What is Harmony Day?
Harmony Week is celebrated from 15 March and culminates in Harmony Day on Saturday 21 March. It’s a chance to celebrate Australian multiculturalism and the many different faces, people and cultures that make up our country.
This Harmony Day, Cancer Council SA CALD Project Officer Shahla Rostami shares a bit about her role and what Cancer Council SA is doing to support people from all cultures to achieve a cancer free future.
What is Harmony Day?
Harmony day is celebrated on Saturday 21 March. It began in 1999, coinciding with the United Nations International Day for the Elimination of Racial Discrimination. Every year it is marked by people coming together and participating in local and cultural activities that unite communities and celebrate the many different cultures that make up Australia. The theme for Harmony Day this year is ‘Everyone Belongs,’ which celebrates inclusiveness, respect and a sense of belonging for everyone.
Why is Harmony Day important to Cancer Council SA?
Cancer Council SA celebrates Harmony Day to embrace diversity in our workplace and in our community. The idea ‘Everyone Belongs’ is the very essence of Harmony Day and at Cancer Council SA we are proud of our inclusive services and resources for all community members, regardless of their cultural background. Our Harmony Day celebration is not just a time to celebrate, but it is an opportunity to embrace diversity and reflect on our skills and knowledge to continue to improve the way we deliver information and services to our ever-changing diverse community.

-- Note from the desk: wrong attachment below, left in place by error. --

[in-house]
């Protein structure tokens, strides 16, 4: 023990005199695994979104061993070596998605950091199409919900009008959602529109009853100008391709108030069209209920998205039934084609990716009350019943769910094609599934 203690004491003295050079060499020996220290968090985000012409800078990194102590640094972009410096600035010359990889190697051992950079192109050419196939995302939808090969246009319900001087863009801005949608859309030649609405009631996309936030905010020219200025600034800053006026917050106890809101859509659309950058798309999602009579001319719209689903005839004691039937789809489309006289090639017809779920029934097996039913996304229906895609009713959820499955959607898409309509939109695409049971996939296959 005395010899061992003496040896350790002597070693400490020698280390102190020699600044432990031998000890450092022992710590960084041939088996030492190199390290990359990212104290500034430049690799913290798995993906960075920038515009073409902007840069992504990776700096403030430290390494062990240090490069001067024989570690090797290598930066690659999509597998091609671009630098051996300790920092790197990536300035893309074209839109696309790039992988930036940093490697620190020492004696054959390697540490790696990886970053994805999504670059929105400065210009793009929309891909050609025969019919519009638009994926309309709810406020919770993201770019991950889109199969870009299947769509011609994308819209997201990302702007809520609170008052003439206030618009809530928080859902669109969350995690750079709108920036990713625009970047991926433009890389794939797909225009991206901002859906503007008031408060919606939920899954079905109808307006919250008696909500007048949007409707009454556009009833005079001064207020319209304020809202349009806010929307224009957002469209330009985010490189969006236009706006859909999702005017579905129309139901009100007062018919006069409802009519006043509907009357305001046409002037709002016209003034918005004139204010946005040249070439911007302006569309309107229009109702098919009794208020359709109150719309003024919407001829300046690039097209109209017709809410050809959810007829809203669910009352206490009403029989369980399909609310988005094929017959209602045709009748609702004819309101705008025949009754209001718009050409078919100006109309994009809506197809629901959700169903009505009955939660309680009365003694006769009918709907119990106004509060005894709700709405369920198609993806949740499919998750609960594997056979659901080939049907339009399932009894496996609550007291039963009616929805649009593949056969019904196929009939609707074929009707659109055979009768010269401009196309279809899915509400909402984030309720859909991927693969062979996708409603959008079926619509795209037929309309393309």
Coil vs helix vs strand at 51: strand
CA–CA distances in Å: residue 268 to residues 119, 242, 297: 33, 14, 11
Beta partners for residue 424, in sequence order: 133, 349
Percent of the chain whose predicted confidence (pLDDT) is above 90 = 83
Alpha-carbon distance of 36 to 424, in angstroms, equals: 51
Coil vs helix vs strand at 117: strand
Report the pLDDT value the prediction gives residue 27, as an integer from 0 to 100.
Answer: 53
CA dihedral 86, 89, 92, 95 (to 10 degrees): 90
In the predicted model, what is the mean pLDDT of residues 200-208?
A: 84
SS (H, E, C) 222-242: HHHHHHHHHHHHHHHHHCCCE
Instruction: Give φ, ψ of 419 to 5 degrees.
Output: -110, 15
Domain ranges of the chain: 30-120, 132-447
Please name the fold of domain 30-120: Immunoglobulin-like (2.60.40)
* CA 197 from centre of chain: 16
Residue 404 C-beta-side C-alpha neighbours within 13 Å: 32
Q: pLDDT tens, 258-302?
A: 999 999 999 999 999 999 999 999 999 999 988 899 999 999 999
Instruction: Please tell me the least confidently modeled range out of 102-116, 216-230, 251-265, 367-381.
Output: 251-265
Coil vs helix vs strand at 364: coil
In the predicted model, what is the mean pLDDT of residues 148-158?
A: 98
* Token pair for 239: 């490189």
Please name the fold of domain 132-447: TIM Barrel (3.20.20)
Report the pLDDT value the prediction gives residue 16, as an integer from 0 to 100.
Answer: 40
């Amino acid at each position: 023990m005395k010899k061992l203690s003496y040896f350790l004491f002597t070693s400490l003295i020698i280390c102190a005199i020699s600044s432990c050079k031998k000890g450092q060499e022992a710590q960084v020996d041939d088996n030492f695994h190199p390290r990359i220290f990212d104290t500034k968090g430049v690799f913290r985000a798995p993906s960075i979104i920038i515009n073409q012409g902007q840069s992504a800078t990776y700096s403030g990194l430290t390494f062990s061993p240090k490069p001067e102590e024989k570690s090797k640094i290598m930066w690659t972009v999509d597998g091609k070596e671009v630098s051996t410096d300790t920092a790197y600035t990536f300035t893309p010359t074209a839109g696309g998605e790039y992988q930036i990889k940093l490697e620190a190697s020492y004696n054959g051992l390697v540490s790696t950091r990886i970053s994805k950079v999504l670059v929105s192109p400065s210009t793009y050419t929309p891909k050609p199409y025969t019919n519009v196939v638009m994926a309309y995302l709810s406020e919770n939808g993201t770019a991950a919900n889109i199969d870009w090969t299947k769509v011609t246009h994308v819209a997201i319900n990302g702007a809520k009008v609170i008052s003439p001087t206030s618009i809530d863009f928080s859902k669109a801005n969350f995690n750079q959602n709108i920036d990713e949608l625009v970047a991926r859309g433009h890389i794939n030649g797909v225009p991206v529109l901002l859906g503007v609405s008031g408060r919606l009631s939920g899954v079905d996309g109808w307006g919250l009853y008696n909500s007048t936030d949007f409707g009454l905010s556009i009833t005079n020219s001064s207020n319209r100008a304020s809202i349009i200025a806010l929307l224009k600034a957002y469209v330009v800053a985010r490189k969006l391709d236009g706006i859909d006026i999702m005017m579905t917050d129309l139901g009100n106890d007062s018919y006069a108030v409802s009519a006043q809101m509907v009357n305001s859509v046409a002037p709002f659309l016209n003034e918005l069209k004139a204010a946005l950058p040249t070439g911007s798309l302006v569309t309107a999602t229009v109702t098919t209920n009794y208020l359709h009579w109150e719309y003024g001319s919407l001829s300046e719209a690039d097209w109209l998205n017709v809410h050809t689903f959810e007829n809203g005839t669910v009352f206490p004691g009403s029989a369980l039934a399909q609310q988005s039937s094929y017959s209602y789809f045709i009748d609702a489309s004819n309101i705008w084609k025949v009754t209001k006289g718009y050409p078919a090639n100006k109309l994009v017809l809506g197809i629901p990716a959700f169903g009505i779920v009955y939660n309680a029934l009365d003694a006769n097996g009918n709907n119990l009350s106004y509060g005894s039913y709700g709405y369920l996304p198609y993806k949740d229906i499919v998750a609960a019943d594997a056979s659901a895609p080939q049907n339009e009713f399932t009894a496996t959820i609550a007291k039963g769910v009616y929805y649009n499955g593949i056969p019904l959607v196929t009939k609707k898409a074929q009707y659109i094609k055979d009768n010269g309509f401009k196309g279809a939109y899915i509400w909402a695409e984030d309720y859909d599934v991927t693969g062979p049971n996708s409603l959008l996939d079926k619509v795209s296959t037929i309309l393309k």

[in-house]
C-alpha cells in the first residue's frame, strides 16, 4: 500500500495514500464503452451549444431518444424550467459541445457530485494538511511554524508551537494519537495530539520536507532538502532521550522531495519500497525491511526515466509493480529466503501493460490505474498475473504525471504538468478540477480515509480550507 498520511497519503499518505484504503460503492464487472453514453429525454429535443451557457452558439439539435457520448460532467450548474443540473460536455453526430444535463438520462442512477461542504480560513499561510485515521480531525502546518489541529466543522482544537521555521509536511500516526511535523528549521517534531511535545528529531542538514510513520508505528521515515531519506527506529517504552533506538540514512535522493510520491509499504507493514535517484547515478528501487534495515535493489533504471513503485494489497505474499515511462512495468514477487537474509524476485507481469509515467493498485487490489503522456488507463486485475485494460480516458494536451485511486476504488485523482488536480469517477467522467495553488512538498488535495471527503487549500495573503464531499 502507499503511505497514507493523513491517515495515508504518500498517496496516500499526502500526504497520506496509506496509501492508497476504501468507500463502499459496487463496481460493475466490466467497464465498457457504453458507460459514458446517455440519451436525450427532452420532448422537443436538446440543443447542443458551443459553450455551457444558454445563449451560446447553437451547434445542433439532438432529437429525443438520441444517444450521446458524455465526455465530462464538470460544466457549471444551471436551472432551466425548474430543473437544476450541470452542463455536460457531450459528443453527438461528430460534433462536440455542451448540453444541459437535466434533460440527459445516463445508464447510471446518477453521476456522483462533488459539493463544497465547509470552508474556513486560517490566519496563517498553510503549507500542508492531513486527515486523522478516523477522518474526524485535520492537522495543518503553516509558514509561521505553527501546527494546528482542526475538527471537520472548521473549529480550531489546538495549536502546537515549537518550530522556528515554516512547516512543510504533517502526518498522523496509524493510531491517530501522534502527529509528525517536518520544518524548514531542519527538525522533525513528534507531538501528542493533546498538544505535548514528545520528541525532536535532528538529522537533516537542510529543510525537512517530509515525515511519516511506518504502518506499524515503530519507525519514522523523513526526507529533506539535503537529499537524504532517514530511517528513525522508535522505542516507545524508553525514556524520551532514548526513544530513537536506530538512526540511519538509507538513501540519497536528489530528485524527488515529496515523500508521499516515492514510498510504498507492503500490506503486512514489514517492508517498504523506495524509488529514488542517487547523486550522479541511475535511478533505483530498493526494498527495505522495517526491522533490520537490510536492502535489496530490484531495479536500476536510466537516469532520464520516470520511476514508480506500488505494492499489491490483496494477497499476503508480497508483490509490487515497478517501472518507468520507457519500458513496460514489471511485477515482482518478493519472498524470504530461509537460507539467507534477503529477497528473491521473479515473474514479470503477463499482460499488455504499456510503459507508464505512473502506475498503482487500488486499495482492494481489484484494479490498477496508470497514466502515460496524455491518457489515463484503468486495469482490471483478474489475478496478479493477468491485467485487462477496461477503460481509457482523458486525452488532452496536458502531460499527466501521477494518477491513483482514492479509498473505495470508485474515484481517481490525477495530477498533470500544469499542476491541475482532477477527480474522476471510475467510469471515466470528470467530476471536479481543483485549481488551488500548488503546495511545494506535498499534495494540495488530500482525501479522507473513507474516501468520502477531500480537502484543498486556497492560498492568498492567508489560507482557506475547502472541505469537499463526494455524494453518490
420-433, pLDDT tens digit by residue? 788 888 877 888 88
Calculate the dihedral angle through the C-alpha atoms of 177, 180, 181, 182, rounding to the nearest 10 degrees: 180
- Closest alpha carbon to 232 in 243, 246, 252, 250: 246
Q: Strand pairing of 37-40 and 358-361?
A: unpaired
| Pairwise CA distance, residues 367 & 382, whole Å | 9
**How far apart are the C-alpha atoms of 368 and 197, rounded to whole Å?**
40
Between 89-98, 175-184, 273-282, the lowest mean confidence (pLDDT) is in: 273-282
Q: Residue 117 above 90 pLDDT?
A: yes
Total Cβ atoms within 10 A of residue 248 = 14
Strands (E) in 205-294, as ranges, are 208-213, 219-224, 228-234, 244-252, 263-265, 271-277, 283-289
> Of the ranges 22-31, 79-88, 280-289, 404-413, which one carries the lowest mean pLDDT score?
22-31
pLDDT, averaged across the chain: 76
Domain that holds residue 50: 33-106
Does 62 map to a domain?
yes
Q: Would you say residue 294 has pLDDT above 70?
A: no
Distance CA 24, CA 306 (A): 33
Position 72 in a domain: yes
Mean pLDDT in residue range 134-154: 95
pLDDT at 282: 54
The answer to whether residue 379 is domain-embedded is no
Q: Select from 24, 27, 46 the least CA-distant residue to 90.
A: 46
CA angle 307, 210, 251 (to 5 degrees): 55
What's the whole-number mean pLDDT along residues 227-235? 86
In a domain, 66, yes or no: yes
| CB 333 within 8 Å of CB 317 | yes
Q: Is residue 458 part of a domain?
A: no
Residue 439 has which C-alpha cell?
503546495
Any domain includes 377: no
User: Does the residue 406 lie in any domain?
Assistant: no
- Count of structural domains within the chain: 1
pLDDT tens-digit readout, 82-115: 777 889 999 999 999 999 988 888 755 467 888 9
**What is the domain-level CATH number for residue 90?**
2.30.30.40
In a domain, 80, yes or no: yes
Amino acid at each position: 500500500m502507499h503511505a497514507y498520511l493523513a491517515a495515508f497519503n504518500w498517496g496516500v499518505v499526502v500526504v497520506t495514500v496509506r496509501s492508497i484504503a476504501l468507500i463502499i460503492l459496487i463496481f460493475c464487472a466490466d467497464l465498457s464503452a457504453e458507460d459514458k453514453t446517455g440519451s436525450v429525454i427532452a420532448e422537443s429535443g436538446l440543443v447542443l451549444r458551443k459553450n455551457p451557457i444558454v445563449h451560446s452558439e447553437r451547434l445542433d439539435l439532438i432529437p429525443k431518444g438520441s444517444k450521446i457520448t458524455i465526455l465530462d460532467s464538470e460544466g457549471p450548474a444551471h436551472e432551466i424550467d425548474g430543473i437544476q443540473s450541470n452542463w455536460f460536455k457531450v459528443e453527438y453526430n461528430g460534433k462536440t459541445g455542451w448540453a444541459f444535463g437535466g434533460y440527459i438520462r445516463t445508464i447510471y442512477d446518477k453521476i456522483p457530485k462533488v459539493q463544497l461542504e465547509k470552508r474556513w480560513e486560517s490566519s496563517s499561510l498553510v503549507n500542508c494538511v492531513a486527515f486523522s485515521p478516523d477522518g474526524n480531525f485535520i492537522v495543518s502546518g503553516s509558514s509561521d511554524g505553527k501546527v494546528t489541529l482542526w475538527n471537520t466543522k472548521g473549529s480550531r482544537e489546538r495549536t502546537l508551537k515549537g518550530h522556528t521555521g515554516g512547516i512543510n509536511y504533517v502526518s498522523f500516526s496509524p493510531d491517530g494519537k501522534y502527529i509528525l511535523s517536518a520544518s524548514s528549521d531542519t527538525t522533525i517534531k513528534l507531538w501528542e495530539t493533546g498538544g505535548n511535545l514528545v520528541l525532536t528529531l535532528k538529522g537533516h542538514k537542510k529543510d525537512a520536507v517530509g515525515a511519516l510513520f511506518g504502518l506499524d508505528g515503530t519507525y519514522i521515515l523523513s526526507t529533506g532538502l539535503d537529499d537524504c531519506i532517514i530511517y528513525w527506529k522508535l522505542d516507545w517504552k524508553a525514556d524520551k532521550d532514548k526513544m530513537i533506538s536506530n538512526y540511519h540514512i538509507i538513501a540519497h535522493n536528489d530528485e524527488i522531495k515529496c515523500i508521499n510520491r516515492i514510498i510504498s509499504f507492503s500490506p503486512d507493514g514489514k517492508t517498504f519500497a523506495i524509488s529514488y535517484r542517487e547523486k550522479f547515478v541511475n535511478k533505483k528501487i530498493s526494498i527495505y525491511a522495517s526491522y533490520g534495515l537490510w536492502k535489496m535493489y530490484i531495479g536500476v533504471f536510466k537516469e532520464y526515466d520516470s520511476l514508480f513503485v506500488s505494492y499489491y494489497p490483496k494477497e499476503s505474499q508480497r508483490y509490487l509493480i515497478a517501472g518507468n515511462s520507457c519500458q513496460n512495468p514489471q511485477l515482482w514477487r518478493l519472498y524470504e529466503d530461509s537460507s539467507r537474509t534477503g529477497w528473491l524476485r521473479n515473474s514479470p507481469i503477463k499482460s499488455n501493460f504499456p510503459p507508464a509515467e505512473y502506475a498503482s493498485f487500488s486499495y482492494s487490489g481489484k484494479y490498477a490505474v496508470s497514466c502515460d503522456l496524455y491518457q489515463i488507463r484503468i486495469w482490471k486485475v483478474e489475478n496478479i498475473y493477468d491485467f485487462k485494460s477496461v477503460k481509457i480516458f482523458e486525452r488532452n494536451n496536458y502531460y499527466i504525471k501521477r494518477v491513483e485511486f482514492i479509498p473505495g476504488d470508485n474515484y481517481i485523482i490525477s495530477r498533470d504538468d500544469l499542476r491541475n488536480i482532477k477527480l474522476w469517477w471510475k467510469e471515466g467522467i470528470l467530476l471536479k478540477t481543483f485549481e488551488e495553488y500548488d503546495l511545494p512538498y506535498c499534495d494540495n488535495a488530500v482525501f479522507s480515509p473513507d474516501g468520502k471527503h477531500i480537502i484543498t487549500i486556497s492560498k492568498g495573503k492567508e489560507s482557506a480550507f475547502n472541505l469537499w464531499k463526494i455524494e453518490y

What are the challenges/barriers facing individuals from Culturally and Linguistically Diverse (CALD) communities who have been diagnosed with cancer?
Receiving a cancer diagnosis can be a challenging time for anyone. For someone with a CALD background, there may be added pressures, including lack of culturally sensitive information, trouble understanding their diagnosis, especially if English is not their first language, and hesitation to disclose private information.
The theme for Harmony Day is “Everyone Belongs” – what does that mean to you in your role at Cancer Council SA?
At Cancer Council SA, we aim to foster positive relationships with communities to overcome known barriers to accessing services and create trust among new and emerging communities across South Australia.
We respect and acknowledge diversity, but most importantly, we want to ensure that everyone can access and utilise our services and resources with confidence, regardless of the existing barriers.
What message do you have to people in CALD Communities going through a cancer diagnosis?
Cancer doesn’t discriminate and as a community organisation we are here to support all members of the South Australian community impacted by a cancer diagnosis. If you or someone you know is going through cancer and you would like more information, we are here to help.
Our trained cancer nurses are familiar with using telephone interpreters and can answer your questions or queries about cancer diagnosis and treatment and refer you to the appropriate services. Give them a call on 13 11 20 and they would be happy to assist.
Our message to anyone going through cancer, regardless of their background, is that we’re here to help.
For more information on Cancer Council’s programs and services call Cancer Council 13 11 20.